In the Gospel of John, the word “hour” is used in reference to Jesus’ death, resurrection, and ascension. These events are summarized by the word “glorified.” It is toward this “hour” that Jesus rode that day.

It is for this purpose that Jesus came. When the Word became flesh (John 1:14) it was God entering the world of broken humanity to offer eternal life. Eternal life is a metaphor for living now in the unending presence of God. This Lenten journey is meant to bring us into a deeper relationship with Jesus the Christ, thus enabling us to experience eternal life.

Our Lenten journey does not conclude with Jesus’ arrival in Jerusalem. Our journey is a lifelong trek of growing up into Christ (Ephesians 4:15). The disciplines and practices that we have developed along this 40-day journey will continue to determine our spiritual journey.

Our maturity as disciples is contingent upon our commitment to read the biblical text each day, to pray in the Spirit at all times (Ephesians 6:18) and bear the cross of humble service. The journey of discipleship is never complete.

Save us, we beseech thee! Save us from the sin that encompasses us. Save us from the selfishness that motivates us. Save us from arrogance that controls us. Save us to be more like you each day. Save us to be your children in this place. Save us, we beseech thee! Save us to live eternally with you, now and in the future.  Amen.

Suggested Weekly Readings

Monday of Holy Week  April 6, 2020:  Isaiah 42:1-9; John 12:1-11
Tuesday of Holy Week  April 7, 2020:  Isaiah 49:1-7; John 12:20-36
Wednesday of Holy Week April 8, 2020: Isaiah 50:4-9a; John 13:21-32

Fifth Sunday In Lent – March 29, 2020

Suggested Readings:
Ezekiel 37:1-14
John 11:1-45

I am the resurrection and the life
—John 11:25

Ezekiel was a priest who became God’s spokesperson during Israel’s exile in Babylon. Deported in 597 BC after the Babylonian invasion, Ezekiel was commissioned in 593 BC. His work continued until at least 571 BC.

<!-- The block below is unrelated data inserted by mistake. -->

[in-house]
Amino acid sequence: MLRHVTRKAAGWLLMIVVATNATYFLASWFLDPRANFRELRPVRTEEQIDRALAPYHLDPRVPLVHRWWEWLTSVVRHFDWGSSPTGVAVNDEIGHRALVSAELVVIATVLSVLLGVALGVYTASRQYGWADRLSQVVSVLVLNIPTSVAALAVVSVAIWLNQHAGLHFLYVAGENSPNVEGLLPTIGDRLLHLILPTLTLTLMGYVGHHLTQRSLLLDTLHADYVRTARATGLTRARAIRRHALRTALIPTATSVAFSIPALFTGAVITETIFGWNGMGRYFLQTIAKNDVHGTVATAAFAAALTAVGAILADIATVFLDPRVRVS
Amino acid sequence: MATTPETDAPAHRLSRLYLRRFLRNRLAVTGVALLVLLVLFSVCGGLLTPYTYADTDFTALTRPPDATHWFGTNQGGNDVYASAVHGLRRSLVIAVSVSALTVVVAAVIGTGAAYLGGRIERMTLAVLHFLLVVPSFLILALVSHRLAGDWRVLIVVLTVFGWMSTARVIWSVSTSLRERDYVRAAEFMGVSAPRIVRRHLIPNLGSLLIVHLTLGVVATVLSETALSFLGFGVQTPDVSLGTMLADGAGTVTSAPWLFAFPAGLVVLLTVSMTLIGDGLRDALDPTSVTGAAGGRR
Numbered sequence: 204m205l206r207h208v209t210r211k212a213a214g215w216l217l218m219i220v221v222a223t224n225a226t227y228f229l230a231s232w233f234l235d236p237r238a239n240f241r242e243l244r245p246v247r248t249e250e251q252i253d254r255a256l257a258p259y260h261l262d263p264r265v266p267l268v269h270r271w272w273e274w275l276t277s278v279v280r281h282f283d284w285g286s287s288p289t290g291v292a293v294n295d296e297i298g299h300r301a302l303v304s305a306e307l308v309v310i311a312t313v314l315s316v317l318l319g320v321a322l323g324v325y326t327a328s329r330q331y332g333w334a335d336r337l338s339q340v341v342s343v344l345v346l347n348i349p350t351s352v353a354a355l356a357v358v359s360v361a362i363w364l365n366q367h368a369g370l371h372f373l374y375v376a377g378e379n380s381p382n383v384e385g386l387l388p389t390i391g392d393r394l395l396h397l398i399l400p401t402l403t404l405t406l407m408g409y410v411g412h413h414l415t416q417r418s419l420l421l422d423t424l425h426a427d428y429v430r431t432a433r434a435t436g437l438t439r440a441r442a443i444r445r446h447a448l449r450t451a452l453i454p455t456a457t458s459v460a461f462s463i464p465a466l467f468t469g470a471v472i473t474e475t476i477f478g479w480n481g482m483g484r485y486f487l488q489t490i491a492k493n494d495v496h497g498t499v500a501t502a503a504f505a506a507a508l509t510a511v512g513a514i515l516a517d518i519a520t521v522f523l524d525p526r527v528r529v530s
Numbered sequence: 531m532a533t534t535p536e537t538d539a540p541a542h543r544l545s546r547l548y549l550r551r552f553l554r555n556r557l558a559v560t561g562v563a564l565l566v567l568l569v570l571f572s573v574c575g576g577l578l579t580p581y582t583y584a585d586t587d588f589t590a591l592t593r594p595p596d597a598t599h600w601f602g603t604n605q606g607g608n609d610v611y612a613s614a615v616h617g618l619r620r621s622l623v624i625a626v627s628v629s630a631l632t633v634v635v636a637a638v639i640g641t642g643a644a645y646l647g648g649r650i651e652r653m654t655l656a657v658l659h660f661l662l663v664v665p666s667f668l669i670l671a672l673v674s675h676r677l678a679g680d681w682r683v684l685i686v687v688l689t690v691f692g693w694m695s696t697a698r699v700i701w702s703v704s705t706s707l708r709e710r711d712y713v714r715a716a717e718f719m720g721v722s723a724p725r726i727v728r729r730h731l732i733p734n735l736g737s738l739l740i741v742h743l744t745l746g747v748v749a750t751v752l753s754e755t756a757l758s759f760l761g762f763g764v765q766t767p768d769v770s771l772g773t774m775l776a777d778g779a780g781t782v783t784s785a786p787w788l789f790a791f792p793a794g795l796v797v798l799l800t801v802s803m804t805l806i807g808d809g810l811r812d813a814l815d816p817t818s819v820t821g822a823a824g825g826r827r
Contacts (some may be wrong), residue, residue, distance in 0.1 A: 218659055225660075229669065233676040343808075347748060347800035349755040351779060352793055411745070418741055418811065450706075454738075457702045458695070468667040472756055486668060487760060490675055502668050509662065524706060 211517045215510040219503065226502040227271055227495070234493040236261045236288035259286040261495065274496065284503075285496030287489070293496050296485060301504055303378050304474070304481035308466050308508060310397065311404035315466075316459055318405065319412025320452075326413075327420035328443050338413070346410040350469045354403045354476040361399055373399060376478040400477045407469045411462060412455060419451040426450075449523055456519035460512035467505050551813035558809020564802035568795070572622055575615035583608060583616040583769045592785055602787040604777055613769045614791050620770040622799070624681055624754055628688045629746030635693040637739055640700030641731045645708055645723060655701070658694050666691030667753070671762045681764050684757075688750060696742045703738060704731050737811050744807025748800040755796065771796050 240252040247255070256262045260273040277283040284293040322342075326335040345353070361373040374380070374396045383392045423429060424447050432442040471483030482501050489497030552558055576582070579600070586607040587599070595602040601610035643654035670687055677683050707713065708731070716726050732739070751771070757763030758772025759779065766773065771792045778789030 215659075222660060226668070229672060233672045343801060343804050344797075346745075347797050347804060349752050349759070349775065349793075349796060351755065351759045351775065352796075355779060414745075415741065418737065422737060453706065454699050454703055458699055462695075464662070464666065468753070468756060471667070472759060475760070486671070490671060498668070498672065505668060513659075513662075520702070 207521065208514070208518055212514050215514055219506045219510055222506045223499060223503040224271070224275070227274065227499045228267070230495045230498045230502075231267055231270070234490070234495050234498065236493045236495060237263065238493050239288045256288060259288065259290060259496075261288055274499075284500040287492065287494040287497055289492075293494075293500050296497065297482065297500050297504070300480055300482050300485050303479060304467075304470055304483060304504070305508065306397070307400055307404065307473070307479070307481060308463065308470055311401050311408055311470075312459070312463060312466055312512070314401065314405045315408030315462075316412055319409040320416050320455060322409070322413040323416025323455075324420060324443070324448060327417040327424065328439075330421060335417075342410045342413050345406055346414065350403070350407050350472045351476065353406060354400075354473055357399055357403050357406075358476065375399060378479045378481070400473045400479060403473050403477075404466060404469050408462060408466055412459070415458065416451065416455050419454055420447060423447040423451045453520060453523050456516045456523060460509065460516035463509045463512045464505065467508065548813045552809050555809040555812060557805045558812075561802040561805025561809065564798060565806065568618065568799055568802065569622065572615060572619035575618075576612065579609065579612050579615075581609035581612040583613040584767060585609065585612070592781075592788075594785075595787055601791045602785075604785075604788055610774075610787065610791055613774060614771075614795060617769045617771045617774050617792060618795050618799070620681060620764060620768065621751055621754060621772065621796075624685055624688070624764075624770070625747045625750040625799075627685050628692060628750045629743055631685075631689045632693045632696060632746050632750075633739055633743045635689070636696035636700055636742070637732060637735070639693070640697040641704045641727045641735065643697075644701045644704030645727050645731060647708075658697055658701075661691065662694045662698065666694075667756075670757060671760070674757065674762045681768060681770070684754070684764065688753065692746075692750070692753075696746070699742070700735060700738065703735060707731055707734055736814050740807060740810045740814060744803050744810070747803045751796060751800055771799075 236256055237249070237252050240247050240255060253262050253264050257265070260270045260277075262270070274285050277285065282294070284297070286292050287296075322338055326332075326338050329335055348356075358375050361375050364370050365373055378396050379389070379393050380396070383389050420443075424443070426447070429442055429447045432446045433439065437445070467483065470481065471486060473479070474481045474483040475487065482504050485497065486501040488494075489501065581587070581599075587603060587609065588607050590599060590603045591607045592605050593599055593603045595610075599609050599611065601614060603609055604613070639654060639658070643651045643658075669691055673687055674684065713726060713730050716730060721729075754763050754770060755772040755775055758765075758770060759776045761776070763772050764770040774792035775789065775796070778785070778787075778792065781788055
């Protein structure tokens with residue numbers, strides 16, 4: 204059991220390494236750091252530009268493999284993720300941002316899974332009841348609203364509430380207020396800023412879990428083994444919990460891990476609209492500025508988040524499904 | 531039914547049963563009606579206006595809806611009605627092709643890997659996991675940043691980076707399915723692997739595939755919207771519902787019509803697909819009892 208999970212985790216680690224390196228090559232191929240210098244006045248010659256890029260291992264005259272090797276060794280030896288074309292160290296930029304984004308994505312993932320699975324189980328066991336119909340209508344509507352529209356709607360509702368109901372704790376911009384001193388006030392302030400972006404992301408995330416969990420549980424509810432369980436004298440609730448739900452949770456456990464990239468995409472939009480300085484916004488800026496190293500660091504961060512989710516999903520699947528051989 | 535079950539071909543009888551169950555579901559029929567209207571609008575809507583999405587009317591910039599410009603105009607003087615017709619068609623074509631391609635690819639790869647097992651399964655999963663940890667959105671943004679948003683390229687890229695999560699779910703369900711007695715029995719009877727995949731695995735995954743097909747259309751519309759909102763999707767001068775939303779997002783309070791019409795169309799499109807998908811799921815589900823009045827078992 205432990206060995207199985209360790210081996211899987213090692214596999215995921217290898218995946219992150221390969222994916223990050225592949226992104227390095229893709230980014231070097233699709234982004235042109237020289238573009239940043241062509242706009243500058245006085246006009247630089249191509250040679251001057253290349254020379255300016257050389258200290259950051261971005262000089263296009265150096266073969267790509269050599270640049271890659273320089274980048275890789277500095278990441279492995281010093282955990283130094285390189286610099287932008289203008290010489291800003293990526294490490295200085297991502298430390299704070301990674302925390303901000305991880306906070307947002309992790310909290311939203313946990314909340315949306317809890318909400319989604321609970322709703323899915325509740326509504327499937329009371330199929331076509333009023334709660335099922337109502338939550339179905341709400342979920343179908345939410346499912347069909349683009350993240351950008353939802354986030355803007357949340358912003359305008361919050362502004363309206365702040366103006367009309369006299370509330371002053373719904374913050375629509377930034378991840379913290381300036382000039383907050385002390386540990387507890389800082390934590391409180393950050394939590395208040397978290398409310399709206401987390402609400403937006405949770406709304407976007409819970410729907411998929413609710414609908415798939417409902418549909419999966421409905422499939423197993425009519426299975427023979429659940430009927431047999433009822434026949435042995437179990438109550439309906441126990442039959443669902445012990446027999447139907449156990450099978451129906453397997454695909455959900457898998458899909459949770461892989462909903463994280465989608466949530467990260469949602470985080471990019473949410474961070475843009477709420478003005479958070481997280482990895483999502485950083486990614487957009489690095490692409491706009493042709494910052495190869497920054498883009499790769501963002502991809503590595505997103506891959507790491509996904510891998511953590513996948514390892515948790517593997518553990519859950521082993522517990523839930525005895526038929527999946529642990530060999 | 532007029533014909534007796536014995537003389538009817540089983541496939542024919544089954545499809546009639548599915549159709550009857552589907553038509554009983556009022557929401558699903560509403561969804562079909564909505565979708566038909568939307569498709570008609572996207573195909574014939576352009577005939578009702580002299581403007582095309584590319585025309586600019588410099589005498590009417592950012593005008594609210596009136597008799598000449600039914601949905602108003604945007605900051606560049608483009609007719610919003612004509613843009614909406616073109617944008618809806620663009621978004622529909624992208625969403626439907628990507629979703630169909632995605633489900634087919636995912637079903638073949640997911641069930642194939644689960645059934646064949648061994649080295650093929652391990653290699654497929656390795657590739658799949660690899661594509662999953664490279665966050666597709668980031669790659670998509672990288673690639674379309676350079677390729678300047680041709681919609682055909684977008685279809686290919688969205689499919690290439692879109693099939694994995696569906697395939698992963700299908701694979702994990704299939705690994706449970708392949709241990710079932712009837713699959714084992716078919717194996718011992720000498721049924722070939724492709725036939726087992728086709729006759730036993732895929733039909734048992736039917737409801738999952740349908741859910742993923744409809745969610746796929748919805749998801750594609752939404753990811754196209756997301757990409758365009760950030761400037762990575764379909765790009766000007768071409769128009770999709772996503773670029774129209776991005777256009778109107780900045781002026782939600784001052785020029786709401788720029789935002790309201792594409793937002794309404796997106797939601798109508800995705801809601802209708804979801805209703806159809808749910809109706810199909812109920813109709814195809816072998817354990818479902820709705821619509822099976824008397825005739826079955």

Ezekiel was driven by the Spirit of the Lord to a valley of dry bones. The vision depicts a battlefield, representing dead Israel after the Babylonian invasion. The question to Ezekiel draws a tentative response (v. 3).

Ezekiel throws the question back. The question is not about the afterlife or resurrection as much as it concerns whether it is possible to return to the world of the living. The question does not involve the resurrection of an individual but rather concerns itself with whether a dead people can become alive again. After responding to instructions (vv. 4-7), to prophesy to the bones the prophet observes corpses with no spirit (Hebrew: ruakh).

Ezekiel was then commanded to prophesy to the breath. The breath caused the corpses to come to life. The second command to the breath caused the corpses to live. This is reminiscent of the description of creation in Genesis 2:7 the Lord God formed man from the dust of the ground and breathed into his nostrils the breath of life; and the man became a living being.

Lazarus was dead. There is little room for debate on that matter as John records he had been in the tomb four days. It is a sign of Jesus’ courage and resolve that he would voluntarily return to Judea. When Jesus stated his intention to return to Judea the disciples reacted with surprise and fear, “Rabbi, the Jews were just now trying to stone you, and are you going there again?”  (John 11:18). But Jesus was determined in his decision to go to Bethany.

In the valley of dry bones Ezekiel was faced with the desolation of his people. In Bethany Jesus was faced with the death of his friend. In both instances the Spirit of God prevailed. The dry bones live. Lazarus received life. These two stories present us with the reality and power of God’s Spirit. It is the breath of God which gave life to the first human being, to dry bones, to a dead Lazarus. On this journey toward Jerusalem it is the Spirit of God which leads us on our way. It is the Spirit of God which compels us to travel this road of sacrifice and service.